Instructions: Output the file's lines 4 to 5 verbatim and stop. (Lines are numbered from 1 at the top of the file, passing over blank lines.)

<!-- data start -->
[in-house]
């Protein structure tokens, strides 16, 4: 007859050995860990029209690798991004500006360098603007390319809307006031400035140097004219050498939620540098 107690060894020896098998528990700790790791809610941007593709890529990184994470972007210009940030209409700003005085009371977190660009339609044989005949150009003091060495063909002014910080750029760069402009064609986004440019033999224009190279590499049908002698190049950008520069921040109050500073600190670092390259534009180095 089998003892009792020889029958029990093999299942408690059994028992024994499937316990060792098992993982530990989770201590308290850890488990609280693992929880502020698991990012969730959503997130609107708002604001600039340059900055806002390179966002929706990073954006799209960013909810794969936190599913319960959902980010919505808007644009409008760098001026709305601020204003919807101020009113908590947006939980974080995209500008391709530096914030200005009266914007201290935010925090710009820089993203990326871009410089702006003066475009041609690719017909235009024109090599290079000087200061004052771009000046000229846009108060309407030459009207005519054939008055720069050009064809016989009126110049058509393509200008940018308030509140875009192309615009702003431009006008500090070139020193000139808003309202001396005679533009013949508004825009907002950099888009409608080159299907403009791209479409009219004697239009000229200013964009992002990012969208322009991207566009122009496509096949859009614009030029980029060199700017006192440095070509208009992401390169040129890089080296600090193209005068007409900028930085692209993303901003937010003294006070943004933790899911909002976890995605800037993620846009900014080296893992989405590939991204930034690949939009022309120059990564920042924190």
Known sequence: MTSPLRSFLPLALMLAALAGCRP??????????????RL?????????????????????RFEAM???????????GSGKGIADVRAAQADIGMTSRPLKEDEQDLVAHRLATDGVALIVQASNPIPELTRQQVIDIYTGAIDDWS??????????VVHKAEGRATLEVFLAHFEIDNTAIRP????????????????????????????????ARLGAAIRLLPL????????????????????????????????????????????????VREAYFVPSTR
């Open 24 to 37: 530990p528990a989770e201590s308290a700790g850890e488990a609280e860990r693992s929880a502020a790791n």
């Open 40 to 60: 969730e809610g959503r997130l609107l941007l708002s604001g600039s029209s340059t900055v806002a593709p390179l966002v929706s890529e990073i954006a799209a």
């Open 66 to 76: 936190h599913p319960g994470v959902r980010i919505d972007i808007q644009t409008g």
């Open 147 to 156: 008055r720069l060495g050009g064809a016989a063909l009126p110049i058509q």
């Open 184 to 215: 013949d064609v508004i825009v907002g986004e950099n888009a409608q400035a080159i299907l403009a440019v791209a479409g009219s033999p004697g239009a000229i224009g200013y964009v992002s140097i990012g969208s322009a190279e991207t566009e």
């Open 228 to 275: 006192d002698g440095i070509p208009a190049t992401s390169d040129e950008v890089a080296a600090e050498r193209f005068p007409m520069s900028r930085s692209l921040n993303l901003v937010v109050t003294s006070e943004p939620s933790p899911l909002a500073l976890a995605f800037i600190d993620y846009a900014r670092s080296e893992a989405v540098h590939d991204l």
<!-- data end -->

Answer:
């Open 24 to 37: 530990p528990a989770e201590s308290a700790g850890e488990a609280e860990r693992s929880a502020a790791n």
């Open 40 to 60: 969730e809610g959503r997130l609107l941007l708002s604001g600039s029209s340059t900055v806002a593709p390179l966002v929706s890529e990073i954006a799209a």